Effectiveness of date seed on glycemia and advanced glycation end-products in type 2 diabetes: a randomized placebo-controlled trial

Background: Type 2 diabetes mellitus (T2DM) is a chronic medical condition affecting more than 95% of people with diabetes. Traditionally, some medicinal plants have been considered as an effective approach in management of T2DM. This trial evaluated the effects of date seed powder (DSP) on glycemia indices and oxidative stress in T2DM patients. Methods: In this trail, 43 patients with T2DM were randomized to two groups: either 5 g/d of the DSP or placebo for 8 weeks. Levels of glycemic indices, lipolpolysaccharide (LPS), and soluble receptor for advanced glycation end products (s-RAGE), as well as other parameters associated with oxidative stress were assessed at baseline and after 8 weeks. Independent t-test and analysis of covariance (ANCOVA) were used for between-groups comparisons at baseline and the post-intervention phase, respectively. Results: The results showed that supplementation with DSP significantly decreased HbA1c (-0.30 ± 0.48%), insulin (-1.70 ± 2.21 μU/ml), HOMA-IR (-1.05 ± 0.21), HOMA-B (-0.76 ± 21.21), lipopolysaccharide (LPS) (-3.68 ± 6.05 EU/mL), and pentosidine (118.99 ± 21.67 pg/mL) (P < 0.05, ANCOVA adjusted for baseline and confounding factors). On the other hand, DSP supplementation significantly increased total antioxidant capacity (TAC) (0.50 ± 0.26 mmol/L), superoxide dismutase (SOD) (0.69 ± 0.32 U/ml), and s-RAGE (240.13 ± 54.25 pg/mL) compared to the placebo group. FPG, hs-CRP, GPx, CML, and uric acid had no significant within- or between-group changes. Conclusion: Supplementation of DSP could be considered an effective strategy to improve glycemic control and oxidative stress in T2DM patients (Registration ID at www.irct.ir: IRCT20150205020965N10). https://doi.org/10.1038/s41387-024-00287-1

Effect of dried fruit on postprandial glycemia: A randomized acute-feeding trial.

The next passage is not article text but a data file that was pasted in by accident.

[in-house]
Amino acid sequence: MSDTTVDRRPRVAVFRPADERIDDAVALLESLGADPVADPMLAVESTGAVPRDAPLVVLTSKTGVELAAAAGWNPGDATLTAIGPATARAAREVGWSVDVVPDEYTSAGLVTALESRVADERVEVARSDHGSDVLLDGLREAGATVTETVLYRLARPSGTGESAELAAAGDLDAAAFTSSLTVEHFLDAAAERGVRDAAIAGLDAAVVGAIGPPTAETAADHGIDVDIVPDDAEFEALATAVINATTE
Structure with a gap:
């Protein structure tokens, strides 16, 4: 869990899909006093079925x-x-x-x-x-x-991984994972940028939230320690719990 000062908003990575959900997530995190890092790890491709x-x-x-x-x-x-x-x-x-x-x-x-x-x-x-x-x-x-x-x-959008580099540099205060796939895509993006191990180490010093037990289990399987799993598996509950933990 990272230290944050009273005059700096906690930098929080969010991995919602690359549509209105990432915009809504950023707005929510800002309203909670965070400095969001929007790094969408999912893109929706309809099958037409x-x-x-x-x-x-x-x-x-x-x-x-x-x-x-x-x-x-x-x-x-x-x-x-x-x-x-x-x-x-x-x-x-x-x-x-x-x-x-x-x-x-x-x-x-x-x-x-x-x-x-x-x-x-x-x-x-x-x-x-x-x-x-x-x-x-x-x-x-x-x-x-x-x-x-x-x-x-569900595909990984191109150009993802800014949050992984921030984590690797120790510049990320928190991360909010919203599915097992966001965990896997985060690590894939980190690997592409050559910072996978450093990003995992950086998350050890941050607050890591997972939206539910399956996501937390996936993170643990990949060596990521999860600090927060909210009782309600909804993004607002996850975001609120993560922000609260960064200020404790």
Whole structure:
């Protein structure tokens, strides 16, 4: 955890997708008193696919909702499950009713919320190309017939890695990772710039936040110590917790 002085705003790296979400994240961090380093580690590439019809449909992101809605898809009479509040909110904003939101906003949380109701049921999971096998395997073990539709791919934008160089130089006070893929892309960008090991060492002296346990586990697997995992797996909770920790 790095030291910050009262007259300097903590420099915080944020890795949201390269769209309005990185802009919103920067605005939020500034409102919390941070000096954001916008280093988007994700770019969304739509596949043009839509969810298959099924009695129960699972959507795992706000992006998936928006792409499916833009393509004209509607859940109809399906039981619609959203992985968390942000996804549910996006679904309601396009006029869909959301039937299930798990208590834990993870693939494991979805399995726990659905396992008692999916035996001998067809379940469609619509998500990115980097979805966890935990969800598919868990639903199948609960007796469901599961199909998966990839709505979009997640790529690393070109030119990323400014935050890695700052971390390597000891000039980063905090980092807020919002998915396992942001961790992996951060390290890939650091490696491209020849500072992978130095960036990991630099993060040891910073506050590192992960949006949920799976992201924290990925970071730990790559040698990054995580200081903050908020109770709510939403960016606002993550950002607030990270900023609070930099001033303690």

Background/Objectives: To investigate the effect of dried fruit in modifying postprandial glycemia, we assessed the ability of 4 dried fruits (dates, apricots, raisins, sultanas) to decrease postprandial glycemia through three mechanisms: a glycemic index (GI) effect, displacement effect, or ‘catalytic’ fructose effect. Subjects/Methods: We conducted an acute randomized, multiple-crossover trial in an outpatient setting in 10 healthy adults. Participants received 3 white bread control meals and 12 dried fruit test meals in random order. The test meals included each of 4 dried fruits (dates, apricots, raisins, sultanas) alone (GI effect), 4 of the dried fruits displacing half the available carbohydrate in white bread (displacement effect), or 4 of the dried fruits providing a small ‘catalytic’ dose (7.5 g) of fructose added to white bread (‘catalytic’ fructose effect). The protocol followed the ISO method for the determination of GI (ISO 26642:2010). The primary outcome was mean ± SEM GI (glucose scale) for ease of comparison across the three mechanisms. Results: Ten healthy participants (7 men, 3 women; mean ± SD age and BMI: 39 ± 12 years and 25 ± 2 kg/m2) were recruited and completed the trial. All dried fruit had a GI below that of white bread (GI = 71); however, only dried apricots (GI = 42 ± 5), raisins (GI = 55 ± 5), and sultanas (51 ± 4) showed a significant GI effect (P < 0.05). When displacing half the available carbohydrate in white bread, all dried fruit lowered the GI; however, only dried apricots (GI = 57 ± 5) showed a significant displacement effect (P = 0.025). None of the dried fruits showed a beneficial ‘catalytic’ fructose effect. Conclusions: In conclusion, dried fruits have a lower GI and reduce the glycemic response of white bread through displacement of half of the available carbohydrate. Longer-term randomized trials are needed to confirm whether dried fruit can contribute to sustainable improvements in glycemic control.